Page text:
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Changes bring tax treatment into line with UK-domiciled residents.

We are on the verge of the implementation of the changes to the non-domicile (‘non-dom’) regime announced in the summer 2015 Budget.

Until now, offshore companies, whose shares have been classed as non-UK, were excluded from inheritance tax (IHT) in the hands of non-domiciled persons.

As this is quite a fundamental change in how IHT will be levied on offshore companies, related definitions are amended.

From 6 April 2017, the definition of excluded property is amended in the Inheritance Act 1984 to include the value of offshore company shares for IHT insofar as they derive value from UK residential property.

A new subsection (3E) has been inserted in section 48 of the act:

‘In a case where the settlor of property comprised in a settlement is not domiciled in the United Kingdom at the time the settlement is made, the property is not excluded property by virtue of subsection (3) or (3A) at any time in a tax year if the settlor was a formerly domiciled resident for that tax year.’

A new Schedule A1 has been inserted before Schedule 1, referenced in section 6 (1) and section 48(3). As per Schedule A1:

 

1   (1) Property is not excluded property by virtue of section 6(1) or 48(3) (a)

at any time if or to the extent that its value is attributable to a chargeable interest that is exclusively in or over land which –

a)  consists of a dwelling at that time, or

b)  consisted of a dwelling at any time in the period of two years ending with that time.

(2)       In this paragraph ‘chargeable interest’ has the same meaning as in Part 3 of the Finance Act 2013 (annual tax on enveloped dwellings).

(3)       Land consists of a dwelling for the purposes of this paragraph if it consists of a dwelling for the purposes of that Part.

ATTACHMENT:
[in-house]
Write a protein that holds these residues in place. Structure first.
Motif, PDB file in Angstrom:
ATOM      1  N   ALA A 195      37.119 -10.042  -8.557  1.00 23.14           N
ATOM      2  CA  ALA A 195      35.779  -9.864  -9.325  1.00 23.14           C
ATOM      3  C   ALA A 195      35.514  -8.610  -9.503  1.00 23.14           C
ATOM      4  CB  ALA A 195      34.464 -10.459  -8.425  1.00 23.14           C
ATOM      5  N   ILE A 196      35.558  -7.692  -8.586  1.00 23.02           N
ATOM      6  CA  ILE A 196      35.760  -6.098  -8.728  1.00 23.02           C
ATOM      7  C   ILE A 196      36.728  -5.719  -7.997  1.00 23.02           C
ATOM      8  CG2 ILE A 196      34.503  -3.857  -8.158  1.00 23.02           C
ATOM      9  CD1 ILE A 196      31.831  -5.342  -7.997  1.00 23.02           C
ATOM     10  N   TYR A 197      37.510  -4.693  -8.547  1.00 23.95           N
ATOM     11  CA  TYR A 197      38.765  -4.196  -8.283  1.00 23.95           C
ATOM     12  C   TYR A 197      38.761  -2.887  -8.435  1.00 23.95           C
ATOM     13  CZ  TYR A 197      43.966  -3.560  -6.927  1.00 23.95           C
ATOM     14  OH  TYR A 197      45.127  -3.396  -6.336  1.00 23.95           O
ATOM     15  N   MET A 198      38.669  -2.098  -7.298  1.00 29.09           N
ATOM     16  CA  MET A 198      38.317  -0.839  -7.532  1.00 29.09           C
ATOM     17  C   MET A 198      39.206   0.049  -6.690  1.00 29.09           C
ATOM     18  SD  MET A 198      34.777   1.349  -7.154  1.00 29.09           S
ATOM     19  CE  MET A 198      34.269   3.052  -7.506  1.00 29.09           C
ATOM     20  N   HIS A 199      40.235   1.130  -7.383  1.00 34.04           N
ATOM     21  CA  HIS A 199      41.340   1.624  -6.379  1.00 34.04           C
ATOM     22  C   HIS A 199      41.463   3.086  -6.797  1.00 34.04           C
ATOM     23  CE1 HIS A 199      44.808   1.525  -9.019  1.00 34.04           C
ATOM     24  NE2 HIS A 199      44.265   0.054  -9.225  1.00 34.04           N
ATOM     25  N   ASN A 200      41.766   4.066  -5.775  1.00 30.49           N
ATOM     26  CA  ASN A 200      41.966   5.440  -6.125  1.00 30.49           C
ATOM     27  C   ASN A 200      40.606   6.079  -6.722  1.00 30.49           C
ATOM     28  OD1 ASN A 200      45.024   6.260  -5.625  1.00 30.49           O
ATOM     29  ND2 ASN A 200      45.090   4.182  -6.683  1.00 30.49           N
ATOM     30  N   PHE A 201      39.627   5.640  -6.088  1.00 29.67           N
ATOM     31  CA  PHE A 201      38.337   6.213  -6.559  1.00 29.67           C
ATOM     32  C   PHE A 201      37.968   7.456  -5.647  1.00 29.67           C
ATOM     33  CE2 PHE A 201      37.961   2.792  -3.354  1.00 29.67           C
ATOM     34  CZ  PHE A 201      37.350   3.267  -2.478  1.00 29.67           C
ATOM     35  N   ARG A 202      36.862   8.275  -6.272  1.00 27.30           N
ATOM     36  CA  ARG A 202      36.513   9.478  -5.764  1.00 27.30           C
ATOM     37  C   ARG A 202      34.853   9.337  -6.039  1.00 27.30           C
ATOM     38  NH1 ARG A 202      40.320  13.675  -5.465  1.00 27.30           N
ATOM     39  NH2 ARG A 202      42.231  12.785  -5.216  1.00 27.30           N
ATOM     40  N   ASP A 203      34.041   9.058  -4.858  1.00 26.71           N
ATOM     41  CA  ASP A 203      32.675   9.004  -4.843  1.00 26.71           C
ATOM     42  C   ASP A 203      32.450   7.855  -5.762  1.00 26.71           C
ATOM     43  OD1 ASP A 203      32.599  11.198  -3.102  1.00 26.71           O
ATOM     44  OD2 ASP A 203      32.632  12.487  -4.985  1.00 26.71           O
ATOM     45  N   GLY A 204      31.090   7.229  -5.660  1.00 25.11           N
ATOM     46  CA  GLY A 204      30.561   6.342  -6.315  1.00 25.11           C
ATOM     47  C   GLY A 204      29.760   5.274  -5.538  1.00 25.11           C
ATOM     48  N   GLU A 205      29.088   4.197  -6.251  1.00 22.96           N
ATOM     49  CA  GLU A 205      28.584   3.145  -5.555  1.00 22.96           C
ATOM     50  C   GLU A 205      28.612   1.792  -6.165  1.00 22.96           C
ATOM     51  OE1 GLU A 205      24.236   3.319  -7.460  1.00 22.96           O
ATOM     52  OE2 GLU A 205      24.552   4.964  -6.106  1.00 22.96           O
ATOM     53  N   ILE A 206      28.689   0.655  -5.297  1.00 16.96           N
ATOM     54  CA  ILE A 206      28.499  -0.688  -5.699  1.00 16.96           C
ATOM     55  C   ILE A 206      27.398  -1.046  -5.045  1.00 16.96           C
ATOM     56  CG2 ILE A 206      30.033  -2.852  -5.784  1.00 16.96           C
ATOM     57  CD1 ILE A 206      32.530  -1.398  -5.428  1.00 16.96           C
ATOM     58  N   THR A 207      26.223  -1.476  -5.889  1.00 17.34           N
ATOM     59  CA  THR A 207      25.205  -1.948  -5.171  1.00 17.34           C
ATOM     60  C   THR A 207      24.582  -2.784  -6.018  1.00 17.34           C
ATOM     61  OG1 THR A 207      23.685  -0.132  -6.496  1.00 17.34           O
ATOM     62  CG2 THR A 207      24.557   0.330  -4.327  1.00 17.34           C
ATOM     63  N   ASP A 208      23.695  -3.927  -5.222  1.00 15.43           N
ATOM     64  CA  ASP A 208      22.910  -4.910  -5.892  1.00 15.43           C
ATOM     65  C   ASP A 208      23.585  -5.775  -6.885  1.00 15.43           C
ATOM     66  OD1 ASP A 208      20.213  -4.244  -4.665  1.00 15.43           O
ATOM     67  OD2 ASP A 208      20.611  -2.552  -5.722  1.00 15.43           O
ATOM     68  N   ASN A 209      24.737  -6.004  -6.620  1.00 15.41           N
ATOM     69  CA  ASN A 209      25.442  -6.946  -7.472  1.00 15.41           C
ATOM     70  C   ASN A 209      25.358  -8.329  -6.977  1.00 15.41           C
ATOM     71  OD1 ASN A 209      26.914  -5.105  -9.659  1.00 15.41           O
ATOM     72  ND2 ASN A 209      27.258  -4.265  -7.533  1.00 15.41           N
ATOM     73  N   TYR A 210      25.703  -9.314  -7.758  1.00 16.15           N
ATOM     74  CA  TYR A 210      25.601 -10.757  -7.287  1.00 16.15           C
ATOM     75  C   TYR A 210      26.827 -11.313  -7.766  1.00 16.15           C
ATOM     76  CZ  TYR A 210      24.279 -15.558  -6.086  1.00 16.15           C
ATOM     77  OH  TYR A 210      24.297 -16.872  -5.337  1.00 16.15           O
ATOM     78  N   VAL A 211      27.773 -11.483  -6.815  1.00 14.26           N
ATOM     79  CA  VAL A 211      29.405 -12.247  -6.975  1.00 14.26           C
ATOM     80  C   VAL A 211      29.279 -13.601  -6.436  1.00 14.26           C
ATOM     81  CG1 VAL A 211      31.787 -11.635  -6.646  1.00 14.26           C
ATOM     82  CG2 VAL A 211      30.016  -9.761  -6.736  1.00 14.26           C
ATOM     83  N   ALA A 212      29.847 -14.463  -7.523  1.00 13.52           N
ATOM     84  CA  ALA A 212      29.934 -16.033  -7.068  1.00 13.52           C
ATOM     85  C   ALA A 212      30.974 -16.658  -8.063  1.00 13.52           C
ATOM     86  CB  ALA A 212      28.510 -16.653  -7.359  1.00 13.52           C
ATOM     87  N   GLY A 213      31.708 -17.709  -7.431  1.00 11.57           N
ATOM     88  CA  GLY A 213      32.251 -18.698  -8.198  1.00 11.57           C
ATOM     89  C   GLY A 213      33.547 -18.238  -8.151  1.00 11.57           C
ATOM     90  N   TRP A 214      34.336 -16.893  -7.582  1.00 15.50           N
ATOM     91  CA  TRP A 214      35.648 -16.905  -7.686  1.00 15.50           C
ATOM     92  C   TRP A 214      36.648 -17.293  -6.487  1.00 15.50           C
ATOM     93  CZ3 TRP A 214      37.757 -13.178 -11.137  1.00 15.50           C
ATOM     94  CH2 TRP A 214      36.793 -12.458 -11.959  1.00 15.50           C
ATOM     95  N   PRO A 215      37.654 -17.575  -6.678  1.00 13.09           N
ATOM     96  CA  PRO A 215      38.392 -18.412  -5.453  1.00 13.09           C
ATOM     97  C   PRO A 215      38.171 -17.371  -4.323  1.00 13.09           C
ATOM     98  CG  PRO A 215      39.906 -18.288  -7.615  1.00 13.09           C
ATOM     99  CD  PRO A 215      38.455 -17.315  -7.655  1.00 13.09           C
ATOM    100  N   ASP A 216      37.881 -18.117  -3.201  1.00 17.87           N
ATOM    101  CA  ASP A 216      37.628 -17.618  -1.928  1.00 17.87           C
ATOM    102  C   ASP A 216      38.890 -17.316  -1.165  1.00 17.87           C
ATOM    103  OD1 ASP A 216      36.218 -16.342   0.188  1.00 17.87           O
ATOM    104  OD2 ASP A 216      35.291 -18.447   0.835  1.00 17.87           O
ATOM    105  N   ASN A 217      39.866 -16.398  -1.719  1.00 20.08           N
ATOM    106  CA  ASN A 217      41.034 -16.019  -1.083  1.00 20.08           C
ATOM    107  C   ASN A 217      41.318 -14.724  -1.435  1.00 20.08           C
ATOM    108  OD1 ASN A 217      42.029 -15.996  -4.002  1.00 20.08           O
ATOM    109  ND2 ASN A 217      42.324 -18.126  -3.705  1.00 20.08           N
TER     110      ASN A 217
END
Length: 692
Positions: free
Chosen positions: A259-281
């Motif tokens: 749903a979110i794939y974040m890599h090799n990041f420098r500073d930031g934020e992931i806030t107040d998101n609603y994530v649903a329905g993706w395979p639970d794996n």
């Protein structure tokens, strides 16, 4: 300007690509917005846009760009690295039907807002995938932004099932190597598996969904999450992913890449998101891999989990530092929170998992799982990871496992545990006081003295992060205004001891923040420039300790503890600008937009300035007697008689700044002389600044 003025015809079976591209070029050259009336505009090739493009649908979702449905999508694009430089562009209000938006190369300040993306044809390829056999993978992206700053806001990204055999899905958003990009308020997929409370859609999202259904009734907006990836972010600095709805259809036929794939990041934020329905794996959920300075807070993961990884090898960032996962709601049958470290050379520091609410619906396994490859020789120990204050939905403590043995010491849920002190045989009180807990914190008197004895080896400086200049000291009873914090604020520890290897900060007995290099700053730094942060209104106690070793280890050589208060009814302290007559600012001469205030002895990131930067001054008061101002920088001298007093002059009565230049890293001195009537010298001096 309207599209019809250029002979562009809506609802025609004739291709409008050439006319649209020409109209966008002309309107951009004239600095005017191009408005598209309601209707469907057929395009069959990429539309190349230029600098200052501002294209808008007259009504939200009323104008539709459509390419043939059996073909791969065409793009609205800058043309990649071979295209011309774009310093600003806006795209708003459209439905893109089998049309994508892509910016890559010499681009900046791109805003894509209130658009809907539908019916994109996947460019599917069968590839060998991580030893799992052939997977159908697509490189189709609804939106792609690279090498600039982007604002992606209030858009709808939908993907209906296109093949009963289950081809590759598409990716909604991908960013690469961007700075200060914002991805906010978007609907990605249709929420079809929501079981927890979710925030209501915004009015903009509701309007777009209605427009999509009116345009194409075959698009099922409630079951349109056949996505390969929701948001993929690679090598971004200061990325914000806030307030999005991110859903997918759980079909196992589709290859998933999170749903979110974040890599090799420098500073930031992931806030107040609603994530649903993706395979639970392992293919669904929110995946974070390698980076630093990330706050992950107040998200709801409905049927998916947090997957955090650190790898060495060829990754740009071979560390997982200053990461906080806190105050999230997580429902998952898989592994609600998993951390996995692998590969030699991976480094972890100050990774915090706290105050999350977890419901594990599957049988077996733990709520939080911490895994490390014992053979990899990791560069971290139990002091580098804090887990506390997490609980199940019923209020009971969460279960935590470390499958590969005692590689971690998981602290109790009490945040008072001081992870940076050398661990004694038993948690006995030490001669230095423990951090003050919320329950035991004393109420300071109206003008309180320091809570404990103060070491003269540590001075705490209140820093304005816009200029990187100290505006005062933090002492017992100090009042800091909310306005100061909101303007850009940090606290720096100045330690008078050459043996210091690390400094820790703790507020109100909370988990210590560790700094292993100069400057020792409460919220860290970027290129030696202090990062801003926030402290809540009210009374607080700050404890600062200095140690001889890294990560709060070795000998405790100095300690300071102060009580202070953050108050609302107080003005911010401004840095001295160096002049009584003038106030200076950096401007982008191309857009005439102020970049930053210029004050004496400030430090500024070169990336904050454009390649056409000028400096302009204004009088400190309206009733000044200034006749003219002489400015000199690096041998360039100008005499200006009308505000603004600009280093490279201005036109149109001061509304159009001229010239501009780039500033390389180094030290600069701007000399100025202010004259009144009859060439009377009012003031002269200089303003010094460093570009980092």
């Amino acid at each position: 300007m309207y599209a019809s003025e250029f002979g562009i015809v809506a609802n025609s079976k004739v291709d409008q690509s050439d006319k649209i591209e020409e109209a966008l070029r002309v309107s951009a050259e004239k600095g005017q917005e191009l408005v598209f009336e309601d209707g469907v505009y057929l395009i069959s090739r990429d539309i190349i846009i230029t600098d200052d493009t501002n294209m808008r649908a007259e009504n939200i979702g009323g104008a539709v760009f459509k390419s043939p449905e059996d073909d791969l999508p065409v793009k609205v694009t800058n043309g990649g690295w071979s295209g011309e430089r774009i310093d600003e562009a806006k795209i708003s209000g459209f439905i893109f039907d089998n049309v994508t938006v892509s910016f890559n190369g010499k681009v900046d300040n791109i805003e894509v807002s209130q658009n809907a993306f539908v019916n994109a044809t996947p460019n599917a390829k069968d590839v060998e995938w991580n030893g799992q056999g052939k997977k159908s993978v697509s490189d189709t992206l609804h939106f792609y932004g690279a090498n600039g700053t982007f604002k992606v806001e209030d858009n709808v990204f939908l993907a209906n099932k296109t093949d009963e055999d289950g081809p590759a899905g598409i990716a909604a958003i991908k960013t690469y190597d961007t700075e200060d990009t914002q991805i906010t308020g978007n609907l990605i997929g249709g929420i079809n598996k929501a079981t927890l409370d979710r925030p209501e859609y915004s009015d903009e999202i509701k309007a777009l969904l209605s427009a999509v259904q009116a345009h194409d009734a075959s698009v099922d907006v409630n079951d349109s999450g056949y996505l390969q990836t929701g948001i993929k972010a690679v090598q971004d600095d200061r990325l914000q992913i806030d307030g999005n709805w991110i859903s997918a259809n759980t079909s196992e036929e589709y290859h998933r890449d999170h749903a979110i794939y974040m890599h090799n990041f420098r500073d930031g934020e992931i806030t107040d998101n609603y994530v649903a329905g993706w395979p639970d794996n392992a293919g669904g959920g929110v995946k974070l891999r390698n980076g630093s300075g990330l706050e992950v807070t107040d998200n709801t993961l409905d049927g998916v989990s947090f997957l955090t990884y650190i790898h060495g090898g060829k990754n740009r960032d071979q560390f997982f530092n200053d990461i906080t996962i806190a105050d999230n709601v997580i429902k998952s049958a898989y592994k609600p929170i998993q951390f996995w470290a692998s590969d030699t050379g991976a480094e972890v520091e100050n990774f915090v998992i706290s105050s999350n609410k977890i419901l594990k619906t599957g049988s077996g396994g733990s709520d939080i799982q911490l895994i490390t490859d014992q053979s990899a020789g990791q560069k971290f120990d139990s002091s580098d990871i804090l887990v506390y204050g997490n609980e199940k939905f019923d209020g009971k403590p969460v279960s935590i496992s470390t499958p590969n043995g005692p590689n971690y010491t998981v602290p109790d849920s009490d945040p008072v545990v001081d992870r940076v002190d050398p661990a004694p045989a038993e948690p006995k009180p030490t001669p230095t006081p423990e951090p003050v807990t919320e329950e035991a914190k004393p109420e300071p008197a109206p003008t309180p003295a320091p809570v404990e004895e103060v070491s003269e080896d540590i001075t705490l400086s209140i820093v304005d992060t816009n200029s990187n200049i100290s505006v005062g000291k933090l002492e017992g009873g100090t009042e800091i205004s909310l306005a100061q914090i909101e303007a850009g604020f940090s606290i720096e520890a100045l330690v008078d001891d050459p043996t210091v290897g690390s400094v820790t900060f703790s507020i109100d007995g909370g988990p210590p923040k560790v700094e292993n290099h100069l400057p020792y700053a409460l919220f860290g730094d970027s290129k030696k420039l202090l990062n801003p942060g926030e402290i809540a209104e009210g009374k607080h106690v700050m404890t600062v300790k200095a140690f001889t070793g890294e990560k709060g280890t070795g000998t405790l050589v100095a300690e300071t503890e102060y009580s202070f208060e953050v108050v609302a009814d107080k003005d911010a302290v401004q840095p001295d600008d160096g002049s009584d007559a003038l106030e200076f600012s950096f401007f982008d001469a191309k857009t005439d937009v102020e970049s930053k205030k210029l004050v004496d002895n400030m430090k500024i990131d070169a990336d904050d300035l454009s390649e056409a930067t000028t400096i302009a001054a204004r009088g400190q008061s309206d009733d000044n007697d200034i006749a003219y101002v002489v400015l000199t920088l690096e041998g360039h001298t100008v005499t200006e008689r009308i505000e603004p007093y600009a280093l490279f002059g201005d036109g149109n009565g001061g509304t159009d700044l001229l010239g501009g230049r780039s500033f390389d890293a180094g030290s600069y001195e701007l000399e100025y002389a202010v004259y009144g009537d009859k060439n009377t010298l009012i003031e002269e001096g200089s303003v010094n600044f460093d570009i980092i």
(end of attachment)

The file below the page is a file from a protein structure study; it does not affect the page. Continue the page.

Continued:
(4)       The powers conferred by section 114 of that Act and section 116(8) (a) of the Finance Act 2003 apply for the purposes of this paragraph.

2   (1) In determining whether (or the extent to which) property situated outside the United Kingdom is excluded property, no regard is to be had to any arrangements the purpose or one of the main purposes of which is to secure a tax advantage by avoiding the effect of paragraph 1(1).

(2) In this paragraph –

‘tax advantage’ has the meaning given in section 208 of the Finance Act 2013;

‘arrangements’ includes any scheme, transaction or series of transactions, agreement or understanding (whether or not legally enforceable and whenever entered into) and any associated operations.’

There are three main elements to the reforms:

  1. They ensure that the tax treatment of the most long-term UK resident non-doms is brought in line with UK-domiciled residents. Tax will be charged on worldwide income and gains. The reforms also mean that a UK-born individual whose domicile of origin was in the UK cannot choose a foreign domicile and then subsequently return to the UK as a non-dom.
  2. They ensure that non-doms cannot hold a UK property indirectly (for example, through an offshore company). This closes the loophole that a large number of non-doms use to avoid paying UK IHT.
  3. The government sets out a package of reforms to business investment relief to incentivise inward investment into UK businesses. This is designed to allow non-doms to bring more overseas income and gains into the UK to support economic growth and investment.

Article from ACCA In Practice